Economists Zeb Gray and John D. Lawrence note that because cattle feeders purchase cattle and corn, and sell cattle at various times throughout the year, they are exposed to both input and output price risk. Feeder cattle and corn prices account for a significant share of total cost and are volatile, adding to the producer’s risk.
Managing the “crush” margin between the fed cattle revenue and the major input costs – feeder cattle and corn – that change with market conditions is very important.
The term “crush,” Gray and Lawrence say, originates from the soybean market, where futures on oil, meal, and soybeans influence the margin derived from crushing the beans into components. Similarly, prices for fed cattle, feeder cattle, and corn can be managed to protect a margin for a feedlot operator.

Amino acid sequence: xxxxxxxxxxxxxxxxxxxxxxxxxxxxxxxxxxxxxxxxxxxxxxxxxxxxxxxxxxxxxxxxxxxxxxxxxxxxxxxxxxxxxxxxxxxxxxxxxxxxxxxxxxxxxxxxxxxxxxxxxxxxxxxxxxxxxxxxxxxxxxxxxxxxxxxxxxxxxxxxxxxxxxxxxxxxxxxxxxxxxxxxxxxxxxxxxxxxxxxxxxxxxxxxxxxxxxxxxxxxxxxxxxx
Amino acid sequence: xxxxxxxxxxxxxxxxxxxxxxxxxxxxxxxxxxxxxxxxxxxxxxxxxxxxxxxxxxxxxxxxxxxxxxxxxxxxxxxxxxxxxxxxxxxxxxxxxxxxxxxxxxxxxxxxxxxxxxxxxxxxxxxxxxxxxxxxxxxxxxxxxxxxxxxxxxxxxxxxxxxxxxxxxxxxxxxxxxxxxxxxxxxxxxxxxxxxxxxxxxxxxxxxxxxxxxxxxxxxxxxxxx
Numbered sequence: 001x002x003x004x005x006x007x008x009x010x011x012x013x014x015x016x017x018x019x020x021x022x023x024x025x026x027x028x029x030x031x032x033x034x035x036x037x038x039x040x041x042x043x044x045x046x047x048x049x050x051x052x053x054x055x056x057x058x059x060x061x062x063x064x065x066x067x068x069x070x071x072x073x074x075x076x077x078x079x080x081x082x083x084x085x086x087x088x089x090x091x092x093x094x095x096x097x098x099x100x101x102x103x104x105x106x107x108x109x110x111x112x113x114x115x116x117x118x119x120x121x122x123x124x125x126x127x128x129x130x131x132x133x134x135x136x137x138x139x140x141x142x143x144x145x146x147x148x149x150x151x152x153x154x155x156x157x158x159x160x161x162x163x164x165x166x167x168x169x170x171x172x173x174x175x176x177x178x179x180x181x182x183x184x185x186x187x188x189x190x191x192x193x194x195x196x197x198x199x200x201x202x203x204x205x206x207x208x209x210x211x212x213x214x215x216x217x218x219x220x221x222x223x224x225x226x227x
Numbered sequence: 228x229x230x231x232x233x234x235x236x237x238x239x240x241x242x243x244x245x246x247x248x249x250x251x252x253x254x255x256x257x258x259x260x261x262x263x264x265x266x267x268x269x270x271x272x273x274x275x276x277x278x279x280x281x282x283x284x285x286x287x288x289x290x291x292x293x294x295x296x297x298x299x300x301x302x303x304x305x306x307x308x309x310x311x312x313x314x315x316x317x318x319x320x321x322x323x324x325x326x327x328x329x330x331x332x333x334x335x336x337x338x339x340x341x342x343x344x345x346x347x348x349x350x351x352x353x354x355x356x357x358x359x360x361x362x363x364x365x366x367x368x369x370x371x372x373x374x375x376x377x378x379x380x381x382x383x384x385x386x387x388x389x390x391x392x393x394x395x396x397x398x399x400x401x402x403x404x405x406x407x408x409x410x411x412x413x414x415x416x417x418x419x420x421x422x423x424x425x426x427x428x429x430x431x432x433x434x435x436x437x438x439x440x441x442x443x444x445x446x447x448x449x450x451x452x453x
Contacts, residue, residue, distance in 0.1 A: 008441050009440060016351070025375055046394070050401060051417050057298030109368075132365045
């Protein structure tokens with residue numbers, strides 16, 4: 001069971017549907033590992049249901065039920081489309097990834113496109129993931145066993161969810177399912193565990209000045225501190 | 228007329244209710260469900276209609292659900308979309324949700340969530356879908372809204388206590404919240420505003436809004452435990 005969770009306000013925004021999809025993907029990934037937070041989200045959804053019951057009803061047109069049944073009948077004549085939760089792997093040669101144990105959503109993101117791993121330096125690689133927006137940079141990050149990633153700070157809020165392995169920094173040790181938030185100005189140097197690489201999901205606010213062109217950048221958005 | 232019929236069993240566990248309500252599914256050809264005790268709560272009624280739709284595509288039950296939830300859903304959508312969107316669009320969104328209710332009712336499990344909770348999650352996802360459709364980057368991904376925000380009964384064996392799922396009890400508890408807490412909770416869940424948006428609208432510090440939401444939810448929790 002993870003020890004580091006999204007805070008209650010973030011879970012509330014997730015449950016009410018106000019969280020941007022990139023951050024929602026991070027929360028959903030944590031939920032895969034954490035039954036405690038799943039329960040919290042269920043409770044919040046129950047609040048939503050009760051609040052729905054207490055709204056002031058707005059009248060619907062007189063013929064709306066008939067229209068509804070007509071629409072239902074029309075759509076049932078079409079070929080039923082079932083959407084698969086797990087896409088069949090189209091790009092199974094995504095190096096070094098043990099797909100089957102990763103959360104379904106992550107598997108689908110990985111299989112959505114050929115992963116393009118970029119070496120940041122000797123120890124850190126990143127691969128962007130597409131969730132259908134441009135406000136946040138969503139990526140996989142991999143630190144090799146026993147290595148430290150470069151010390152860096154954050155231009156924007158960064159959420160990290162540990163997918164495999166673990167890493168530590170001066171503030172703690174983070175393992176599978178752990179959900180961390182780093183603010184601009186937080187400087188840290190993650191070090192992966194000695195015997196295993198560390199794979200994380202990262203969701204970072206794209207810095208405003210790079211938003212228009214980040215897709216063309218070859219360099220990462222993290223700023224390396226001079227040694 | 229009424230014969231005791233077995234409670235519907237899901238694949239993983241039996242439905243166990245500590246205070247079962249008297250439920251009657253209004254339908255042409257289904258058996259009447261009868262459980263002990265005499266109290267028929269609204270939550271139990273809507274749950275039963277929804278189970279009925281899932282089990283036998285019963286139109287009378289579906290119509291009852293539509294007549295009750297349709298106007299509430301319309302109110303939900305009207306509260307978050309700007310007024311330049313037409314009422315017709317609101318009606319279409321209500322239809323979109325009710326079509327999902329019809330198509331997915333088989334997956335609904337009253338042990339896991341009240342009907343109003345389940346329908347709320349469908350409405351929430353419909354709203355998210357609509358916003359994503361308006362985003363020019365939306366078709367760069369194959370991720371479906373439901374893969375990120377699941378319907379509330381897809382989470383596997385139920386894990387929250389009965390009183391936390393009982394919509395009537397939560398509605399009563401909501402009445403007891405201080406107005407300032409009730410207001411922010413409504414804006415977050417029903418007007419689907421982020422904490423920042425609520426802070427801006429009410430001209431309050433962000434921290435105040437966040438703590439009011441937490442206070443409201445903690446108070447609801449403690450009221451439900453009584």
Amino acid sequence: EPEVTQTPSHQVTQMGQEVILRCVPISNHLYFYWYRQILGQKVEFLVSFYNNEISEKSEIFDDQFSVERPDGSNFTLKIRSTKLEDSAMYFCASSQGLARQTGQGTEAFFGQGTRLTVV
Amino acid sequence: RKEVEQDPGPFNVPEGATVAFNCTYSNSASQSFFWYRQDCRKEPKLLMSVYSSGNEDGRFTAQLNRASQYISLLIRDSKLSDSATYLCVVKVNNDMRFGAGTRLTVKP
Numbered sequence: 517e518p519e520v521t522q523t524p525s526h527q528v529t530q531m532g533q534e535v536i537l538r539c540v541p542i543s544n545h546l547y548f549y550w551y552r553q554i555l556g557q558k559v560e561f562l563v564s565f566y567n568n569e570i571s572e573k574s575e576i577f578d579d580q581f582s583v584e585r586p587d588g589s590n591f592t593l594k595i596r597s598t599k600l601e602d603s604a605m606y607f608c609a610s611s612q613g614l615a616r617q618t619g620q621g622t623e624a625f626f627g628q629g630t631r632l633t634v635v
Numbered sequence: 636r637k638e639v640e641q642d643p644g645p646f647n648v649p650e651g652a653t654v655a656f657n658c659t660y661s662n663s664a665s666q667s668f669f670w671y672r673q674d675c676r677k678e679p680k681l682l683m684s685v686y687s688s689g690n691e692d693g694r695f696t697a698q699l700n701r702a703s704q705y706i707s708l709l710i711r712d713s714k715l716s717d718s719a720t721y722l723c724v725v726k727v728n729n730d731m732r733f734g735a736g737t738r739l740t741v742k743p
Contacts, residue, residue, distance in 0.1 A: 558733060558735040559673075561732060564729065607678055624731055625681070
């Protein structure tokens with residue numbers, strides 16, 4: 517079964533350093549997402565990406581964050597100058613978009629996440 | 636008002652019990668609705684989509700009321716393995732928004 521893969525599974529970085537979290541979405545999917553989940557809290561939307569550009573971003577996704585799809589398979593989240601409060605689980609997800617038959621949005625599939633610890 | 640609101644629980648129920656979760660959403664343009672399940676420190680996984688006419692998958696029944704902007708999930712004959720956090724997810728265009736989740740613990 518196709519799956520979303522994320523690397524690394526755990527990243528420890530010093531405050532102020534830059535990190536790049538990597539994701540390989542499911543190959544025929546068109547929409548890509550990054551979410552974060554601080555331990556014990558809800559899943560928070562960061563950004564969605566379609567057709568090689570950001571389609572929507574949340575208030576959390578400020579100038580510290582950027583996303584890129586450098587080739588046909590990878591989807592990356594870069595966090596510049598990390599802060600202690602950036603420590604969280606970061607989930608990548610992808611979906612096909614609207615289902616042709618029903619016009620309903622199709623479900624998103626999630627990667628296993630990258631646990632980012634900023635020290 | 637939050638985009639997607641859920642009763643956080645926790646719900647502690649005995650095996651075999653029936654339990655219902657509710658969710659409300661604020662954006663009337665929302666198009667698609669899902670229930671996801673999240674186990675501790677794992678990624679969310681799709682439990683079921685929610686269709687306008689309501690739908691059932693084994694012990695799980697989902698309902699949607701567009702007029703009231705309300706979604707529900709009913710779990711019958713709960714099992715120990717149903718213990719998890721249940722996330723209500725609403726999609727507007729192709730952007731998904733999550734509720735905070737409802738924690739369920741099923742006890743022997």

The margin is the remaining revenue used to pay all other costs and, hopefully, return a profit. The crush margin provides an indicator of return that takes into account the variables with the greatest price risk. It also is tied to the futures market, which can be used to manage the price risk for several months before the cattle are sold. The crush margin calculation, the specialists say, can serve as a quick indicator of risk management opportunities or pitfalls and help feedlot operators monitor the cattle and corn market for current and future marketings.
For more information on using Crush Margins to manage risk, and to use the ISU tool, visit the Iowa Farm Outlook Web site.